PriestThe ordained minister of a Roman Catholic, Episcopal or Orthodox church; one who administers the sacraments. In the Episcopal Church, priests may be male or female and may marry.
ProcessionThe line of choir members, clergy and others walking down the aisle of a church to begin a service. See “recession.”
ProperThe scripture readings and collect appointed for the day or
occasion. See “collect.”
PsalmsA portion from the ancient Jewish hymn book found in scripture (the Book of Psalms) and in the Book of Common Prayer.
PulpitA raised platform used for the sermon or homily.
PurificatorA linen cloth used for cleansing the chalice during the ablutions or for wiping the chalice during the administration of communion. See “ablutions.”
PyxA container for the reserved host; especially a small round metal receptacle used to carry the Eucharist to the sick. See “Eucharist” and “host.”
RecessionThe line of choir members, clergy and others walking out of the church after a service. See “procession.”
ReconciliationThe sacrament through which one may confess one’s sins in the presence of a priest and receive absolution; commonly called confession. See “absolution.”
RectorThe priest or minister of a local church or parish; the head
priest of a parish.
RectoryThe residence of a rector.
RequiemA funeral or memorial service. A High Requiem Mass is a funeral service with communion and singing of parts of the service. See “eulogy.”
Right ReverendA way of addressing a bishop of a diocese.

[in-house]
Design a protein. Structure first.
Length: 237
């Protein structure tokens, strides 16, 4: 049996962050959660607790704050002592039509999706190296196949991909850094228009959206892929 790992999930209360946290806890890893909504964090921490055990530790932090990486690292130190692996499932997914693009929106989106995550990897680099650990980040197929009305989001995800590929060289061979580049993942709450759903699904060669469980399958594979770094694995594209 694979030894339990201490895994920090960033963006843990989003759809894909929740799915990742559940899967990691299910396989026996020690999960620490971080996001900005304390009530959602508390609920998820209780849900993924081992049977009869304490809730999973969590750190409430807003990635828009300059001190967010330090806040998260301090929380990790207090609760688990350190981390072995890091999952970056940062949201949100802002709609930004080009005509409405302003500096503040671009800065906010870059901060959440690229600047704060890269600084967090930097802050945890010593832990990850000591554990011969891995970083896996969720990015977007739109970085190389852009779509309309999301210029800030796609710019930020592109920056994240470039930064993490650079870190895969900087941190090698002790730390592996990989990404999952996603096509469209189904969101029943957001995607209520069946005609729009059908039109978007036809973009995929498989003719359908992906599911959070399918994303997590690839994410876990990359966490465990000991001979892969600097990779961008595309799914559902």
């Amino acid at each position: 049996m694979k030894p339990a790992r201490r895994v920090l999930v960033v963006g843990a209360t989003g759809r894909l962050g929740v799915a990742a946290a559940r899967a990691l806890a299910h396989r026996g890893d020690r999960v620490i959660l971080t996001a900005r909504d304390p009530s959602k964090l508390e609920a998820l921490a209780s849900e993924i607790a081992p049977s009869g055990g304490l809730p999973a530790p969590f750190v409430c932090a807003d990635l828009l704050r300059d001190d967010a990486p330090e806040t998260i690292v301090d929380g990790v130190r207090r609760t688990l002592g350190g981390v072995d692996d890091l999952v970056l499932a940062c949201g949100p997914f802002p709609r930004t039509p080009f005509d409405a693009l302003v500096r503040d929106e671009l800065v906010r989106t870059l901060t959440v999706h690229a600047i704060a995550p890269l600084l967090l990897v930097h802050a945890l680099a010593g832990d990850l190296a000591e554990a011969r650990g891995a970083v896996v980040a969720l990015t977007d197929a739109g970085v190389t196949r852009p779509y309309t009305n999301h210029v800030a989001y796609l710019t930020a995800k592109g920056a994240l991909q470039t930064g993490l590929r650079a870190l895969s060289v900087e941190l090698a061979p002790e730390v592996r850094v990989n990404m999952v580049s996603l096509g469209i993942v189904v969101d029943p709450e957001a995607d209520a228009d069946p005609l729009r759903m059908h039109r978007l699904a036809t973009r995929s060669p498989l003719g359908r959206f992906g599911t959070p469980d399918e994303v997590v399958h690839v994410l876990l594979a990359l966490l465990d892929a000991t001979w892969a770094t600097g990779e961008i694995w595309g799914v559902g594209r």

RosaryA string of beads anchored by a cross and used for prayer. An Anglican rosary has 33 beads – one for each year of Christ’s life on Earth – divided into four “weeks” of seven beads.
SacramentA rite through which we receive God’s grace. In the Episcopal Church, the “essential” sacraments are Baptism and Eucharist. The catechism describes the sacraments as “outward and visible signs of inward and spiritual grace, given by Christ as sure and certain means by which we receive that grace.” Other sacramental rites include matrimony, confession, unction, confirmation, and holy orders.
SacristyThe room near the altar where priests vest, or dress, for the
service; the room where the communion vessels, vestments and other liturgical objects are kept.
SanctuaryThe portion of a church at the head of the chancel around the altar; the space immediately around the altar. See “nave.”
SanctusThe acclamation “Holy, holy, holy …” sung or said at the
conclusion of the preface of the Great Thanksgiving.
Sanctus bellA bell or set of bells in the sanctuary rung or struck during the sanctus, elevations, and at other times.
SeeThe ecclesiastical residence of a bishop; the see of our diocese is Jacksonville.
SeminarianA student in a seminary.
SeminaryAn academic institution for the study of theology.
Senior wardenThe chairman of the vestry, the lay governing board of a local church. See “junior warden” and “vestry.”
SextonOne who is in charge of a church building or grounds; the head of maintenance and custodial services.
Sign of the crossThe tracing on one’s forehead, chest and shoulders of the outline of the cross.
Stations of the crossSee “Way of the Cross.”
WaferThe bread part of the Eucharist; an unleavened, thin cracker
imprinted with a cross. See “Eucharist.”
Way of the CrossA Procession with stations commemorating the Passion and Death of Our Lord Jesus Christ. Also called the Stations of the Cross. The classical stations correspond to 15 events that occurred in the last 24 hours Jesus was on the earth, beginning with his condemnation to death and ending with his resurrection.